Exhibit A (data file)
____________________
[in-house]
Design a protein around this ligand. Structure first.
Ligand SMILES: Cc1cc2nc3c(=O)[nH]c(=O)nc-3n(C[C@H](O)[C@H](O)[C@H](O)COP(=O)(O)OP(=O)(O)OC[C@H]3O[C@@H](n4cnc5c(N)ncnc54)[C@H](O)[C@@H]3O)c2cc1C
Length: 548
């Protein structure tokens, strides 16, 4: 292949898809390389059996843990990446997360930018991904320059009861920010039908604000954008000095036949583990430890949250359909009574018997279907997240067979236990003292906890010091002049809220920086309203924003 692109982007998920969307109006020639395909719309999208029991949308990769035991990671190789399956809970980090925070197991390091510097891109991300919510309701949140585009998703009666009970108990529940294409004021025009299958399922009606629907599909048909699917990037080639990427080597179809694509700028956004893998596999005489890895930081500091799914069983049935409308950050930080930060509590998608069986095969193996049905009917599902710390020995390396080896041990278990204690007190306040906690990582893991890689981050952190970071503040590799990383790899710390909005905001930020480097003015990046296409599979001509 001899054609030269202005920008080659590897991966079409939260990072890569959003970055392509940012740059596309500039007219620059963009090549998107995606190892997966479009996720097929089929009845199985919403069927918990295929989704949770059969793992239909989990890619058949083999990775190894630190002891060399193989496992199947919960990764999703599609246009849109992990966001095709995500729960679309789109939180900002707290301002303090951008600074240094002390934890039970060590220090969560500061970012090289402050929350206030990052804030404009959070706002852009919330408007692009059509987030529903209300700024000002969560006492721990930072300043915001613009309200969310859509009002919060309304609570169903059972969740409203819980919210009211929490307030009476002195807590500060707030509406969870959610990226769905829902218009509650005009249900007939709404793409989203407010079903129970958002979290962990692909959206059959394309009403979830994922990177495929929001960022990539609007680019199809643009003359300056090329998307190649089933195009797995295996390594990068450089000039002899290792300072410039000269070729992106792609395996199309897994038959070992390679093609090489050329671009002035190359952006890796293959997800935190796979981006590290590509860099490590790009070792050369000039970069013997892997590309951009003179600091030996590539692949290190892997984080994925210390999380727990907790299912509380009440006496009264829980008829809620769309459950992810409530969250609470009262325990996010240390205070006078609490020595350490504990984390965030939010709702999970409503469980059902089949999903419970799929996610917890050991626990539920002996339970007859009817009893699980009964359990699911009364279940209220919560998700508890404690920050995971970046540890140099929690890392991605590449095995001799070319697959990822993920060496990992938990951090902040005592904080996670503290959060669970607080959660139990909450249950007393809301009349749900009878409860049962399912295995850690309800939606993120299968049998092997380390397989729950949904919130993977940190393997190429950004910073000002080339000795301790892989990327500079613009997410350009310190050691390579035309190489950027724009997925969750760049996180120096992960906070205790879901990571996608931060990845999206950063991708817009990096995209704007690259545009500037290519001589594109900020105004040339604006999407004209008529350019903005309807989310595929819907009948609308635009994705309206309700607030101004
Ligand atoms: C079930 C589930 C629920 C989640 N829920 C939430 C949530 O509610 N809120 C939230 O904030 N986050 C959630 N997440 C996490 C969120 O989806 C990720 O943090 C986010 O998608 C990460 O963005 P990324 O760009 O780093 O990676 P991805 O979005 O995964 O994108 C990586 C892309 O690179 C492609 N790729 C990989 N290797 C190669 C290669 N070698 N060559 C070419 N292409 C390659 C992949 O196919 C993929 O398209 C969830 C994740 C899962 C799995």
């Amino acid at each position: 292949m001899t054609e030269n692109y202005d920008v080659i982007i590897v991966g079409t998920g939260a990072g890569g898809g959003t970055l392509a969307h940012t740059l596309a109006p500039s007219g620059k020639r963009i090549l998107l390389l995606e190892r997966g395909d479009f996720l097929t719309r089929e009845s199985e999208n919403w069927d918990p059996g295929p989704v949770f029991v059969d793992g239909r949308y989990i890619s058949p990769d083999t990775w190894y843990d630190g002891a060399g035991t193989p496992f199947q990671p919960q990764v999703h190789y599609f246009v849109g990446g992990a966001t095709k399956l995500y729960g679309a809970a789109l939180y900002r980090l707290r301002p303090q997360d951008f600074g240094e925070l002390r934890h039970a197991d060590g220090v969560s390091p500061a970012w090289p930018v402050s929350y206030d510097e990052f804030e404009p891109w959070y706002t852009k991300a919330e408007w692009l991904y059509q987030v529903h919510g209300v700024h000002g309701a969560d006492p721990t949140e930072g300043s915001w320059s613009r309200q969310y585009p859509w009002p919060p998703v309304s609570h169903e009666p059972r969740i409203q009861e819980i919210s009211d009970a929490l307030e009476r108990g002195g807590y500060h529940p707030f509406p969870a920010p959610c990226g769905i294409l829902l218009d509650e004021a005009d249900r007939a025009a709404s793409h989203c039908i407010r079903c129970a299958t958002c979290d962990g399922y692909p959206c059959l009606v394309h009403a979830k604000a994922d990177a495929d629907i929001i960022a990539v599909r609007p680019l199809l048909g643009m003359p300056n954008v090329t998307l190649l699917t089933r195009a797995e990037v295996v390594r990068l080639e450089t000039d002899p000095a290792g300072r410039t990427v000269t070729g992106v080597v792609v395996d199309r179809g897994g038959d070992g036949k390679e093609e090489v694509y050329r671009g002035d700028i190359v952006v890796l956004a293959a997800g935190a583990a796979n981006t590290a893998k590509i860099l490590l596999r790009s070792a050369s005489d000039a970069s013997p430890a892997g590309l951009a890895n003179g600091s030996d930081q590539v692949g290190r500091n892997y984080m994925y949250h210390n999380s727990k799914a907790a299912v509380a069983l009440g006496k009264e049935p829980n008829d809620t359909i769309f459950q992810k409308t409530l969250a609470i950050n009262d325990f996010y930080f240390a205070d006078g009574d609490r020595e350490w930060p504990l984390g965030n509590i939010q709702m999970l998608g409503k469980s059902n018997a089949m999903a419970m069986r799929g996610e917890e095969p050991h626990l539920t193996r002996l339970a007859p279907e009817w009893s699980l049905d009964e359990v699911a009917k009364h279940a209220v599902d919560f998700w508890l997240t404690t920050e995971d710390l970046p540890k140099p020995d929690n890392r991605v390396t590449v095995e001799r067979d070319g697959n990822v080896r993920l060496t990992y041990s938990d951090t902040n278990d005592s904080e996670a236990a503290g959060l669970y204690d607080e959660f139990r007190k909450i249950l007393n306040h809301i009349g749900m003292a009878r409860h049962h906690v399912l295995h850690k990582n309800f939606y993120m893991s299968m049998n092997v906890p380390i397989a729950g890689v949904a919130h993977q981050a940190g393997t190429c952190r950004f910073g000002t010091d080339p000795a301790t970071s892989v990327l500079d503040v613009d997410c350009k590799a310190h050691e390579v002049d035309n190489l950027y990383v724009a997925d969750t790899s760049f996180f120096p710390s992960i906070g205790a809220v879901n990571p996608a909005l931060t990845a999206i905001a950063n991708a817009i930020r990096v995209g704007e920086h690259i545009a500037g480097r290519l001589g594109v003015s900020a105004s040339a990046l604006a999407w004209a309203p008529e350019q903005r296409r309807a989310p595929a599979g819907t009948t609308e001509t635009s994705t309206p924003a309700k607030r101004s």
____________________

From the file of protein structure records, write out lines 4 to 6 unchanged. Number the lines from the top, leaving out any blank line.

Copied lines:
Length: 548
């Protein structure tokens, strides 16, 4: 292949898809390389059996843990990446997360930018991904320059009861920010039908604000954008000095036949583990430890949250359909009574018997279907997240067979236990003292906890010091002049809220920086309203924003 692109982007998920969307109006020639395909719309999208029991949308990769035991990671190789399956809970980090925070197991390091510097891109991300919510309701949140585009998703009666009970108990529940294409004021025009299958399922009606629907599909048909699917990037080639990427080597179809694509700028956004893998596999005489890895930081500091799914069983049935409308950050930080930060509590998608069986095969193996049905009917599902710390020995390396080896041990278990204690007190306040906690990582893991890689981050952190970071503040590799990383790899710390909005905001930020480097003015990046296409599979001509 001899054609030269202005920008080659590897991966079409939260990072890569959003970055392509940012740059596309500039007219620059963009090549998107995606190892997966479009996720097929089929009845199985919403069927918990295929989704949770059969793992239909989990890619058949083999990775190894630190002891060399193989496992199947919960990764999703599609246009849109992990966001095709995500729960679309789109939180900002707290301002303090951008600074240094002390934890039970060590220090969560500061970012090289402050929350206030990052804030404009959070706002852009919330408007692009059509987030529903209300700024000002969560006492721990930072300043915001613009309200969310859509009002919060309304609570169903059972969740409203819980919210009211929490307030009476002195807590500060707030509406969870959610990226769905829902218009509650005009249900007939709404793409989203407010079903129970958002979290962990692909959206059959394309009403979830994922990177495929929001960022990539609007680019199809643009003359300056090329998307190649089933195009797995295996390594990068450089000039002899290792300072410039000269070729992106792609395996199309897994038959070992390679093609090489050329671009002035190359952006890796293959997800935190796979981006590290590509860099490590790009070792050369000039970069013997892997590309951009003179600091030996590539692949290190892997984080994925210390999380727990907790299912509380009440006496009264829980008829809620769309459950992810409530969250609470009262325990996010240390205070006078609490020595350490504990984390965030939010709702999970409503469980059902089949999903419970799929996610917890050991626990539920002996339970007859009817009893699980009964359990699911009364279940209220919560998700508890404690920050995971970046540890140099929690890392991605590449095995001799070319697959990822993920060496990992938990951090902040005592904080996670503290959060669970607080959660139990909450249950007393809301009349749900009878409860049962399912295995850690309800939606993120299968049998092997380390397989729950949904919130993977940190393997190429950004910073000002080339000795301790892989990327500079613009997410350009310190050691390579035309190489950027724009997925969750760049996180120096992960906070205790879901990571996608931060990845999206950063991708817009990096995209704007690259545009500037290519001589594109900020105004040339604006999407004209008529350019903005309807989310595929819907009948609308635009994705309206309700607030101004
Ligand atoms: C079930 C589930 C629920 C989640 N829920 C939430 C949530 O509610 N809120 C939230 O904030 N986050 C959630 N997440 C996490 C969120 O989806 C990720 O943090 C986010 O998608 C990460 O963005 P990324 O760009 O780093 O990676 P991805 O979005 O995964 O994108 C990586 C892309 O690179 C492609 N790729 C990989 N290797 C190669 C290669 N070698 N060559 C070419 N292409 C390659 C992949 O196919 C993929 O398209 C969830 C994740 C899962 C799995």